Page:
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Fresh proposals on the future of GCSEs announced by the Education Secretary, Michael Gove, have resulted in a storm of comment throughout the media. The proposals which will largely replace course work with a single exam at the end of the year are, according to Mr Gove, aimed at “making GCSEs more demanding, more fulfilling, and more stretching” to “give our young people the broad, deep and balanced education which will equip them to win in the global race”
Whilst the proposals have been generally welcomed as a way of reversing the accusations of “dumbing down” which have beset exams in recent years, the return to a single exam has reawakened the debate over whether simply having to memorise facts will equip young people for the world outside.
In truth, the balance between the need to retain and apply knowledge and the ability to research and extract facts from other sources will depend on the nature of the work undertaken. In medicine we would generally expect our doctors to have learnt about diseases and the human body and to be able to apply that knowledge. Conversely, when looking for an insurance quote we rely far more on following screen prompts and questions with complex algorithms being processed via computer in the background. Other tasks may require us to be empathetic and able to talk with anyone or may call on skills in music or drama or sport which we were born with and have honed over the years.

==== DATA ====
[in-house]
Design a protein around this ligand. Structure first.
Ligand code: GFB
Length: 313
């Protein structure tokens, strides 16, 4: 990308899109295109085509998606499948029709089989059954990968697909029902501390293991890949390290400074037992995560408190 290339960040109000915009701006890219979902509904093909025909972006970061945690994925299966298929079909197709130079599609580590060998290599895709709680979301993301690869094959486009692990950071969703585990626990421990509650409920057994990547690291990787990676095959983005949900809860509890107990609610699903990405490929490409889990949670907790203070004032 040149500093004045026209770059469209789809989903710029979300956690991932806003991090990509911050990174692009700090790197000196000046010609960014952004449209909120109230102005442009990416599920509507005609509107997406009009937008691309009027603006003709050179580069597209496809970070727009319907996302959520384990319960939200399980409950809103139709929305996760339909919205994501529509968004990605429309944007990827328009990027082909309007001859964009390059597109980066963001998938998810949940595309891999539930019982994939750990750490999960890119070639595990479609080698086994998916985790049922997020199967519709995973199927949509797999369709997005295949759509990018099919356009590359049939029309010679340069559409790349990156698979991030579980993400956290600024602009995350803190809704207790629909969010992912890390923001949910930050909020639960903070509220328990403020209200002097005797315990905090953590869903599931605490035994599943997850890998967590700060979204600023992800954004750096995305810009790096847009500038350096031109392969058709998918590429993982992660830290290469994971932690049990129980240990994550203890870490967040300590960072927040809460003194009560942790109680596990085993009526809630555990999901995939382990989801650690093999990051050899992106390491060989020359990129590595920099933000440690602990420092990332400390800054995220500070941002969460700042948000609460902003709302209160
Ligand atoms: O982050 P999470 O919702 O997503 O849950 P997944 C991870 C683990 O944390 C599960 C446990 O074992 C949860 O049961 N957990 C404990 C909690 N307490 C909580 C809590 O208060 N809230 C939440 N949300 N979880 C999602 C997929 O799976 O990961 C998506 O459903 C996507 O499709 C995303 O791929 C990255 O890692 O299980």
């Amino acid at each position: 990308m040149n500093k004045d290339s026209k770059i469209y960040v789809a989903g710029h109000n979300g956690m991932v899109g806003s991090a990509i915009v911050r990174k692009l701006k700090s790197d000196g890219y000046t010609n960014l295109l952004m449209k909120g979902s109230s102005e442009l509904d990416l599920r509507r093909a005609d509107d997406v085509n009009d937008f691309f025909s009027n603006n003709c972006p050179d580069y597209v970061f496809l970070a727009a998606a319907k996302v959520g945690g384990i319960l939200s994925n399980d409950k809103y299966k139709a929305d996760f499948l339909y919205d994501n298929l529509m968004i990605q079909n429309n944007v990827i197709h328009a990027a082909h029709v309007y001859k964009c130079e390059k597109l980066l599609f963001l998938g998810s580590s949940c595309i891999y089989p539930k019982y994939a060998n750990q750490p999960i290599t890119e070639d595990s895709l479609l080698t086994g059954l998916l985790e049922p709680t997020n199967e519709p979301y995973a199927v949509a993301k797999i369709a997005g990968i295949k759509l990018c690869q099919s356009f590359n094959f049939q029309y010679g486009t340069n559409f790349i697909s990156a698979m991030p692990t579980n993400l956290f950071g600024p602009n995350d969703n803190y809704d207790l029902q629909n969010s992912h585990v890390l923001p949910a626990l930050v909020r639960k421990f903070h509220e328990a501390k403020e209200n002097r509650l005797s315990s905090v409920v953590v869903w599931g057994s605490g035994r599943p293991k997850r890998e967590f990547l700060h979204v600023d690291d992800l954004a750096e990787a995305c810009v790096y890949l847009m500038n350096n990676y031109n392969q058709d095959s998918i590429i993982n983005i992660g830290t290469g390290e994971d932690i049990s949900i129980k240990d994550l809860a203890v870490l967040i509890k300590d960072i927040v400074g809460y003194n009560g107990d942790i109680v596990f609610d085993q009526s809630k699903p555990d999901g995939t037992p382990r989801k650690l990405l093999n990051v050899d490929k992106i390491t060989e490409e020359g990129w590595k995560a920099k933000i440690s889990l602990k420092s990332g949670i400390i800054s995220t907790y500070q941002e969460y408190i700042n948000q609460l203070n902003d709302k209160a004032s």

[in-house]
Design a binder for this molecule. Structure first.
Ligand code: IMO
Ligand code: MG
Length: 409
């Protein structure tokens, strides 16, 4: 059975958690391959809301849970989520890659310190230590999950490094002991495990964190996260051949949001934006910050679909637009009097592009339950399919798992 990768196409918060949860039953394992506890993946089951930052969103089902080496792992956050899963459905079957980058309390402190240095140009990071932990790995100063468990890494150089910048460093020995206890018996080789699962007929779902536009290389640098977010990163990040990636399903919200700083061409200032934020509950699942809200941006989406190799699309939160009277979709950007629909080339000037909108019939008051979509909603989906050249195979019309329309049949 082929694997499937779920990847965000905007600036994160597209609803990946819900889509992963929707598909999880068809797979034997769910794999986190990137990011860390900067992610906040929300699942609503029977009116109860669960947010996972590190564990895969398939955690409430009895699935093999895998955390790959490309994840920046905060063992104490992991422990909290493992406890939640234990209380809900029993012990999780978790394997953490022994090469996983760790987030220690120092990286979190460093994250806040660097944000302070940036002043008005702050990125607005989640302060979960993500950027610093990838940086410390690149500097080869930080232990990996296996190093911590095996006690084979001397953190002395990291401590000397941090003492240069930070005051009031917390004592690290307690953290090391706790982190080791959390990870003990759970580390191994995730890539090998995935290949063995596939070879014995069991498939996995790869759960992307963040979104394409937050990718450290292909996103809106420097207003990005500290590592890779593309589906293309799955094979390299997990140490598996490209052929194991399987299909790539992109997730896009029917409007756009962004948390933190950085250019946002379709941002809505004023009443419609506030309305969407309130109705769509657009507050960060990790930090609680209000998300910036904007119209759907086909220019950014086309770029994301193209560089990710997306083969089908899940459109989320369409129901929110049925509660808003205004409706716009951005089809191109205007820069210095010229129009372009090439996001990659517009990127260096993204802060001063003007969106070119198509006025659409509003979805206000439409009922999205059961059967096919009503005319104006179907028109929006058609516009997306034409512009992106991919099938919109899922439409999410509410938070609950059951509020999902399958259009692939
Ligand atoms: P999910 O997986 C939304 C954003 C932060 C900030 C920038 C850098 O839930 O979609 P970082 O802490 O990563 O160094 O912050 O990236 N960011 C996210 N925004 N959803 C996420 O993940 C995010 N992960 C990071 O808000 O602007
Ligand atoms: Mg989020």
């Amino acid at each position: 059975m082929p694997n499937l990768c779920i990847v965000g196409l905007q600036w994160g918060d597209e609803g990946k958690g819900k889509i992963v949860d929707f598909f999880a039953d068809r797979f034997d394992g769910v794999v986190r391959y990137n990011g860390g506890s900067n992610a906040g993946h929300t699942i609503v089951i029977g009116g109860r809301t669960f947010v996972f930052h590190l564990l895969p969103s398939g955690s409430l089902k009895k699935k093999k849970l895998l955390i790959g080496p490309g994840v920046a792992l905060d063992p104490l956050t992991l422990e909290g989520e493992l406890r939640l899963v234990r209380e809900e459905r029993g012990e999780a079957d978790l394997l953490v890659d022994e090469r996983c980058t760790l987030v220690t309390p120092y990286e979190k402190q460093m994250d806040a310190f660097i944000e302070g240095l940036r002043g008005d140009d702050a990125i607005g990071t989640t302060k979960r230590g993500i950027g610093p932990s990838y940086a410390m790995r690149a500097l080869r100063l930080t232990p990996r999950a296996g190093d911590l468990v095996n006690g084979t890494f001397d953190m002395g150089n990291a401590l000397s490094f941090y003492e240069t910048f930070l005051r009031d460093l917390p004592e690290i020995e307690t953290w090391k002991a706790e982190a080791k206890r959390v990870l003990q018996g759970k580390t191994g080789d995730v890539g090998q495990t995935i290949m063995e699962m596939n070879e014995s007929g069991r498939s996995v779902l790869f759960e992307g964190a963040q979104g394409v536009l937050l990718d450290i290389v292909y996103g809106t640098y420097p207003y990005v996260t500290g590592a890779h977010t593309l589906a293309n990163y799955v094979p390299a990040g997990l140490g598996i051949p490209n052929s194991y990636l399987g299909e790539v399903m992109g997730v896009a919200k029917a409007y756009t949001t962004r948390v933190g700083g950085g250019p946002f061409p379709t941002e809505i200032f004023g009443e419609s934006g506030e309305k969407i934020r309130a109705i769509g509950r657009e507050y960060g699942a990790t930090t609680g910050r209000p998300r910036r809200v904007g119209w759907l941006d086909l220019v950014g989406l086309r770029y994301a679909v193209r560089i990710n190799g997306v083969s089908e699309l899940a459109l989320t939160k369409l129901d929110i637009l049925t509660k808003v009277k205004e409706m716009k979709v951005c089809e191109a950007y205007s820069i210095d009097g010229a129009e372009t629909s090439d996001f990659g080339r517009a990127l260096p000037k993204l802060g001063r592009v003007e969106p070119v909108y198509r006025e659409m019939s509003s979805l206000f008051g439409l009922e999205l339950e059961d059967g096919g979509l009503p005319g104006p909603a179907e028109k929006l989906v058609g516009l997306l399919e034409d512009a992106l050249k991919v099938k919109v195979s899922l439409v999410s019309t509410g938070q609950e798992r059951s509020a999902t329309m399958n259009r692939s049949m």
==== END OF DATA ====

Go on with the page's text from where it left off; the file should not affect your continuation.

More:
Whether or not the proposals result in a better equipped workforce will be revealed in time. In the meantime, employers can play their part by taking time to understand what skills, learnt or otherwise, are required to carry out tasks and to hire and nurture employees who are best able to carry out those tasks.
In many instances employers would do well to ignore exam success and engage for cultural fit and for likely engagement in the organisation. When the employees suit the work; and the work suits and engages the employees, that’s when success will come.